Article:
What you never knew about top-secret facility.

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From employing hundreds of Aussies to playing a key role in the US defence missile shield. Pine Gap’s secrets are slowly starting to emerge. It is considered one of the country’s most secretive and strategically important sites. But unless you work at Pine Gap, or have spent decades researching what really goes on here, your knowledge about it is probably fairly limited. And forget taking a tour to learn more about it because you’re not even getting close to seeing inside.

Last year marked the 50th anniversary of the facility which has conjured up its share of supporters and critics.  It maintains as big a presence in Central Australia as Uluru. Except Uluru is open to tourism and Pine Gap only to a select 1000 or so workers.

But how much do we really know about this significant site?  Most Australians really don’t know all that much about it.  It remains one of the most important intelligence facilities outside of the United States today.


Run by both Australia and the United States, its official name is the Joint Defence Facility Pine Gap.  Located about 20km from Alice Springs, the site is considered strategically vital by both the US and Australian governments.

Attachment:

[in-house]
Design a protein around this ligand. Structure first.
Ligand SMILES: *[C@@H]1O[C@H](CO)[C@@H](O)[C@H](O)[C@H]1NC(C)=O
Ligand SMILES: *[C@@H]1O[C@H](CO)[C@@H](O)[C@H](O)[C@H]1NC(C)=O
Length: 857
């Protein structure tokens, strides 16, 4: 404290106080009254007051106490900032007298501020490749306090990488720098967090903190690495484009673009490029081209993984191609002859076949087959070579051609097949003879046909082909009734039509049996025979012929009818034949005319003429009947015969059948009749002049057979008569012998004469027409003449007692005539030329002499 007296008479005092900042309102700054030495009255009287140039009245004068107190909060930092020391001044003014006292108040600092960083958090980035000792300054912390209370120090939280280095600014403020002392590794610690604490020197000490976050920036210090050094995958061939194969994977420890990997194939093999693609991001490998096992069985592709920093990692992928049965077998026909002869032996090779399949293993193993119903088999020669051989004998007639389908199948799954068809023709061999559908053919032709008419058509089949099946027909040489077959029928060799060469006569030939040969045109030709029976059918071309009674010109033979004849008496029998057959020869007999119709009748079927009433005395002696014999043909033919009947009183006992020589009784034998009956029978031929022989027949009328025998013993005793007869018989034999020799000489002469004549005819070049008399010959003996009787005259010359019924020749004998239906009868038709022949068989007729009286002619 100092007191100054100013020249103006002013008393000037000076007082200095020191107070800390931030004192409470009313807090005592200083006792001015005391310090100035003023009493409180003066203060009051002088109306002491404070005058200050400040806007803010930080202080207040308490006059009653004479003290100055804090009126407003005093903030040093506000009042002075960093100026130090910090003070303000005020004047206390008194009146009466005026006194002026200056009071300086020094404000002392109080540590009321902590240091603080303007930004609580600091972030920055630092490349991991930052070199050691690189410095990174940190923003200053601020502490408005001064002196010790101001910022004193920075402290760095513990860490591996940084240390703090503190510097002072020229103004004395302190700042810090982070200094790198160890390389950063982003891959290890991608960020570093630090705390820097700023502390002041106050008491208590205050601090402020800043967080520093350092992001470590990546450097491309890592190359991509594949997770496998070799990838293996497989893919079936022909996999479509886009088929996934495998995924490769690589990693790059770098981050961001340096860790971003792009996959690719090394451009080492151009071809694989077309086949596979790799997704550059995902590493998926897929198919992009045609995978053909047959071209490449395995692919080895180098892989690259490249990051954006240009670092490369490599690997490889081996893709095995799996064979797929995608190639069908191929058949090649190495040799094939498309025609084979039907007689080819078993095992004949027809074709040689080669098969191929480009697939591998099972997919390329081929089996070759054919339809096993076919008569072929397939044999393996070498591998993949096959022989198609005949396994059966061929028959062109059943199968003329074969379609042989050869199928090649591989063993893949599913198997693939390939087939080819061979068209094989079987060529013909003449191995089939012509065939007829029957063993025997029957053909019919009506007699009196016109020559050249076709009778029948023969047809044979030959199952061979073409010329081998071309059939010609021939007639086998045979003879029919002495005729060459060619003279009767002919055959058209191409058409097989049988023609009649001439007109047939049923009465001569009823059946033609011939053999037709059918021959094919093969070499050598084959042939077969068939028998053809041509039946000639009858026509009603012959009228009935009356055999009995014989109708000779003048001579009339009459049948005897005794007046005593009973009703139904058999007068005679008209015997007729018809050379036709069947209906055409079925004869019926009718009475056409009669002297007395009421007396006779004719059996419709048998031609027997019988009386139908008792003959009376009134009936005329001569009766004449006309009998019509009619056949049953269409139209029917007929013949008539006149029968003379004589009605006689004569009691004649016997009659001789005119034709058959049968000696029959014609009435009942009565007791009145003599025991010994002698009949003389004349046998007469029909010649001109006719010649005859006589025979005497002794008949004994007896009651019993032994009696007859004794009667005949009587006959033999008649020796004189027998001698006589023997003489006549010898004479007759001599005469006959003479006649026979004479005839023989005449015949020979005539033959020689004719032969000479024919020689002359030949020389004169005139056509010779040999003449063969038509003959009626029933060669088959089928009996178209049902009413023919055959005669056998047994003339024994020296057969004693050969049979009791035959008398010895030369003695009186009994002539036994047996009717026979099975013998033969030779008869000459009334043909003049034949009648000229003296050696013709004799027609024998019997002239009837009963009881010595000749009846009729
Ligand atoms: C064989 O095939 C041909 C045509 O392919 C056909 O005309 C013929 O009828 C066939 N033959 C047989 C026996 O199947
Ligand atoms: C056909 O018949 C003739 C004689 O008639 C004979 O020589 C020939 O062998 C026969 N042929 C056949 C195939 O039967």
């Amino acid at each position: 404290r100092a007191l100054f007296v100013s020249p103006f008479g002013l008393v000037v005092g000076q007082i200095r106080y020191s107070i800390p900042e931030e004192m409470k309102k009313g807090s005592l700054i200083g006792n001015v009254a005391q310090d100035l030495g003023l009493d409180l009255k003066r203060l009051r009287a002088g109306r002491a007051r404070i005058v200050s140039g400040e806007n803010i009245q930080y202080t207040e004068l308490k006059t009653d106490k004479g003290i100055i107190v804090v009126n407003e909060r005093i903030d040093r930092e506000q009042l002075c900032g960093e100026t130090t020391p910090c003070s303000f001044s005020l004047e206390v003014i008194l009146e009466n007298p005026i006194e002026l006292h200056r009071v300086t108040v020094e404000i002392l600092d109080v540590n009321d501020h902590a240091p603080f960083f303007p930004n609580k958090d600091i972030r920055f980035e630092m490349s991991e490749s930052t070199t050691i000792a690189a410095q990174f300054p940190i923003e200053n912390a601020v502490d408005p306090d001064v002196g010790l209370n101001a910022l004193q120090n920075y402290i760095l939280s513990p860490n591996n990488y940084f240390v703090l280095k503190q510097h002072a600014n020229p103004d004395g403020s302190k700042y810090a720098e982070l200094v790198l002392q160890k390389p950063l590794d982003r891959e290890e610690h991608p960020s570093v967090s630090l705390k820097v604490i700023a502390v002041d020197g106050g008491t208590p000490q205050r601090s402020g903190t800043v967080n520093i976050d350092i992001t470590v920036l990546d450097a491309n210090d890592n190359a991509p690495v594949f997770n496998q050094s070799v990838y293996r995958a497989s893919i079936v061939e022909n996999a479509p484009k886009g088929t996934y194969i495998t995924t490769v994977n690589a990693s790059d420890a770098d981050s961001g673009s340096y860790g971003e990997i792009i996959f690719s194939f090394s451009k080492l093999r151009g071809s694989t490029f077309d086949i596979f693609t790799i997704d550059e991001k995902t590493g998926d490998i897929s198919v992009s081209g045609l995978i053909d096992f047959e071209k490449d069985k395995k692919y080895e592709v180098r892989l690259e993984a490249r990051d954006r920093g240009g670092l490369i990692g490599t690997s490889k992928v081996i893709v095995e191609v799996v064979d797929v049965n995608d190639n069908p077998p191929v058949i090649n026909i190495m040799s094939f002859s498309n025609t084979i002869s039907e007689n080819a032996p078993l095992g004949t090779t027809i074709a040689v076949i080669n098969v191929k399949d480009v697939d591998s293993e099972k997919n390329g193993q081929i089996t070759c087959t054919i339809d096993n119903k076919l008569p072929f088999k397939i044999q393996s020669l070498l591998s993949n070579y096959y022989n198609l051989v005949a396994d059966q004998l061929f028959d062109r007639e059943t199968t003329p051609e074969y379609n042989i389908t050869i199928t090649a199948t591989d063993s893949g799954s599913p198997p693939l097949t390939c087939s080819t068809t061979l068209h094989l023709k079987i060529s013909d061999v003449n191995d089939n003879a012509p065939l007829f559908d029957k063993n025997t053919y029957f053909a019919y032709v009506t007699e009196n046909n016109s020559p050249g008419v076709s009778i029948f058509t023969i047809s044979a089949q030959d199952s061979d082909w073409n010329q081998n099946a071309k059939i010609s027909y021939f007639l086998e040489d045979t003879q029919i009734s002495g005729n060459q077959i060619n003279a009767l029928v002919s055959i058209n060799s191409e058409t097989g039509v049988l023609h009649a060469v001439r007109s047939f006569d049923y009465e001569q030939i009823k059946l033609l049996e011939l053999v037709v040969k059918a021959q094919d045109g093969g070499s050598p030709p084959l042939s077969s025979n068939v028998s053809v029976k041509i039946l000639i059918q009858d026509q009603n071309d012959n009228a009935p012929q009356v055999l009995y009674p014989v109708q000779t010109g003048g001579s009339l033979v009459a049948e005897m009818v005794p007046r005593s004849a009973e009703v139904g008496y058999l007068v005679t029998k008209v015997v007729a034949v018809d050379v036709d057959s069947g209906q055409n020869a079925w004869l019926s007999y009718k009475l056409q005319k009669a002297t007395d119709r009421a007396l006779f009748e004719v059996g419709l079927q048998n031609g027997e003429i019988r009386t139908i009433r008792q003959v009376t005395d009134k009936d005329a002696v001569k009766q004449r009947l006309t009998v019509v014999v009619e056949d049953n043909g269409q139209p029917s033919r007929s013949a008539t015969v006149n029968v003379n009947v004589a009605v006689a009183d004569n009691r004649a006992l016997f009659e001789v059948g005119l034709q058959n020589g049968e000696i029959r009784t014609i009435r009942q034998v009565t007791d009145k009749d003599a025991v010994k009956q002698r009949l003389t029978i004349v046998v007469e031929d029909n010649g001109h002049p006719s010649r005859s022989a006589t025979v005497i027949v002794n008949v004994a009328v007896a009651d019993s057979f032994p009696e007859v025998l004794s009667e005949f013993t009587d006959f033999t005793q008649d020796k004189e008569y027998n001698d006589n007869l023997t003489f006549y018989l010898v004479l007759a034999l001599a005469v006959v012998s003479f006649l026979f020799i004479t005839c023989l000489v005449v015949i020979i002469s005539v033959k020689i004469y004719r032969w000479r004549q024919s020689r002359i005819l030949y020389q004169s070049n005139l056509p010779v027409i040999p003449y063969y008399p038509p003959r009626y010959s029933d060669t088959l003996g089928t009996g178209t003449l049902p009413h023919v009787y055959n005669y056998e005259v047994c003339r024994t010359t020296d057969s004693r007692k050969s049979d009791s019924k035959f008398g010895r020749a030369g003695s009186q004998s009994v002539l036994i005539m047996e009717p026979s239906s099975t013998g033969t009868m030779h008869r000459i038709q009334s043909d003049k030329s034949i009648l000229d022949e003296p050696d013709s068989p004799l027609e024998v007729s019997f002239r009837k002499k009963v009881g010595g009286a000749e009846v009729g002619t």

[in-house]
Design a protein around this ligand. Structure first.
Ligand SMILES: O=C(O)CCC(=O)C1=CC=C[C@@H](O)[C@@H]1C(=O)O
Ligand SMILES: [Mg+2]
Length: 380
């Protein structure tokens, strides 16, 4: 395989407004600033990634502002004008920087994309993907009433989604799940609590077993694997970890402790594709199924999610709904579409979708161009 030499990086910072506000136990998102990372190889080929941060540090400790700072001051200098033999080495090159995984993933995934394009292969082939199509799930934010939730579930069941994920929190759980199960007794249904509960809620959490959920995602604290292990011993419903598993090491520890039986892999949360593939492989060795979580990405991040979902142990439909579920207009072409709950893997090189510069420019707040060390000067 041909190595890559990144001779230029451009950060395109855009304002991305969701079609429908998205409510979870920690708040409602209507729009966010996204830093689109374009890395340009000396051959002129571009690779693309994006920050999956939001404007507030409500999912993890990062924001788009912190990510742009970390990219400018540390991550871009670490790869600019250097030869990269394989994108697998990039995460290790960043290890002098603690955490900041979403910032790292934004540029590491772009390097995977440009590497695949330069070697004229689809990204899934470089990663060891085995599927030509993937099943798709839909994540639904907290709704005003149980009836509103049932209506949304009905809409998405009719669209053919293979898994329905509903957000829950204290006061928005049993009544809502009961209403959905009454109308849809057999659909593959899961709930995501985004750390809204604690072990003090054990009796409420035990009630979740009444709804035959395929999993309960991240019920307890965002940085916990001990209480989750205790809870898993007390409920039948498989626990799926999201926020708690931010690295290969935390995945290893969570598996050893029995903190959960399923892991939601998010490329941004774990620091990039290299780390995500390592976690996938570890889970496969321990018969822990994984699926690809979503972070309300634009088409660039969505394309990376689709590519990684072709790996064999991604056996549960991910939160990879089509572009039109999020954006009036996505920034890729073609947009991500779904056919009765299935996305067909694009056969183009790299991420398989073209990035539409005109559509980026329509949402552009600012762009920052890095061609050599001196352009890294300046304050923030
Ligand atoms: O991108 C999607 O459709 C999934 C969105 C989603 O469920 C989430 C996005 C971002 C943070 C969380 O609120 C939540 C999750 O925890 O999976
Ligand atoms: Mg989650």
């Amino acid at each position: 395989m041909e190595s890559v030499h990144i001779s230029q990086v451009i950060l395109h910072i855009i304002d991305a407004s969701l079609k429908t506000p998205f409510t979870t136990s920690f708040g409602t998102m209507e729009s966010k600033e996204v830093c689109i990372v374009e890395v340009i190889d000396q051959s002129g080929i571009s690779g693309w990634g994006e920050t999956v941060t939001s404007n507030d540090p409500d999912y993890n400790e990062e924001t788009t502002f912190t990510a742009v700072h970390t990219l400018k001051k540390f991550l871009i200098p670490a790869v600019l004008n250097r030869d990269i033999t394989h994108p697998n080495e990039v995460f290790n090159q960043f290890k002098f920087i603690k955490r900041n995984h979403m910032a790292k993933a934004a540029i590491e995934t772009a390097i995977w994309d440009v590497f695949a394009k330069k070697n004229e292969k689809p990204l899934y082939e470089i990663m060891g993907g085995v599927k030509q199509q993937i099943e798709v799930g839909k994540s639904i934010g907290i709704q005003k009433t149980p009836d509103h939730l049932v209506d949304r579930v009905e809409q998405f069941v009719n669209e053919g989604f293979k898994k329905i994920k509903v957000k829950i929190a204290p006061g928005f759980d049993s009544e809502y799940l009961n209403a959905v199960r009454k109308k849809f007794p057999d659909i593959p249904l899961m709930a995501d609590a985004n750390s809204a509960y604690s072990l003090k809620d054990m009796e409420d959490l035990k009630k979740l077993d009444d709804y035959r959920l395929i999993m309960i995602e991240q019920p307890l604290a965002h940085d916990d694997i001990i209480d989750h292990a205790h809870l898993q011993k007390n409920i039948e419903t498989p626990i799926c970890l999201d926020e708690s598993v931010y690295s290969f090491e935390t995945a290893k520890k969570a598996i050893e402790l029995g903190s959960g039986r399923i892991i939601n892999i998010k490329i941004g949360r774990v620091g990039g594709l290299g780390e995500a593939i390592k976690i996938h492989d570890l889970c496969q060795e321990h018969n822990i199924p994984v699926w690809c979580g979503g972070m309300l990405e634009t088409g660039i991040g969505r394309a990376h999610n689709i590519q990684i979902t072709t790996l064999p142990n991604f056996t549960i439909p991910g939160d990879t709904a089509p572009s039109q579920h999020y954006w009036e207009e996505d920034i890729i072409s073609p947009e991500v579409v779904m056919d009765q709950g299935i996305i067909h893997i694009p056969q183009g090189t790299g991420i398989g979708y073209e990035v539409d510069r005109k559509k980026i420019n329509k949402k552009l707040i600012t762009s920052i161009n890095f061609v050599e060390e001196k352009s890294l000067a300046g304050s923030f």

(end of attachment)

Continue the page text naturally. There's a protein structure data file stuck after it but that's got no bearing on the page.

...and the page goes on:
In short, Pine Gap collects a huge amount of data from signals intelligence as well as providing information on early warning of ballistic missile launches.

It basically acts as a satellite tracking station and its remote location makes intercepting signals emitted from within more difficult to decipher.


The site conjures up images of secrecy and power and has attracted the odd conspiracy theory or two. But contrary to some ideas, it has nothing to do with flying saucers, nor does it contain dozens of elaborate tunnels.


The one thing researchers know does exist is the huge amount of PC power inside the facility. The floor space of the site’s computer room, or operations building, has grown massively since the 1970s and now takes up a room the size of the entire playing field of the Melbourne Cricket Ground.  It has grown from 400sq m to 20,000 sq m in less than 50 years.


Pine Gap employs around 1000 people.  Australians are “completely enmeshed into the management structure at the station”.  Almost half of the workers are locals, which includes government personnel, operations workers, AFP Protective Services officers, as well as Australian contractors.


It makes a critical contribution to the security interests of Australia and the United States, delivering information on intelligence priorities such as terrorism, the proliferation of weapons of mass destruction, and military and weapons developments, while contributing to the verification of arms control and disarmament agreements.


To learn more about this complex visit our museum at 1 Bent Street, Concord on Saturday, 2nd November at 1:30 for 2:00 pm start to hear David Rosenberg tell us more. See poster under “Guest Speakers” in side column for full details. Please feel free to forward this on to anyone you think might be interested.


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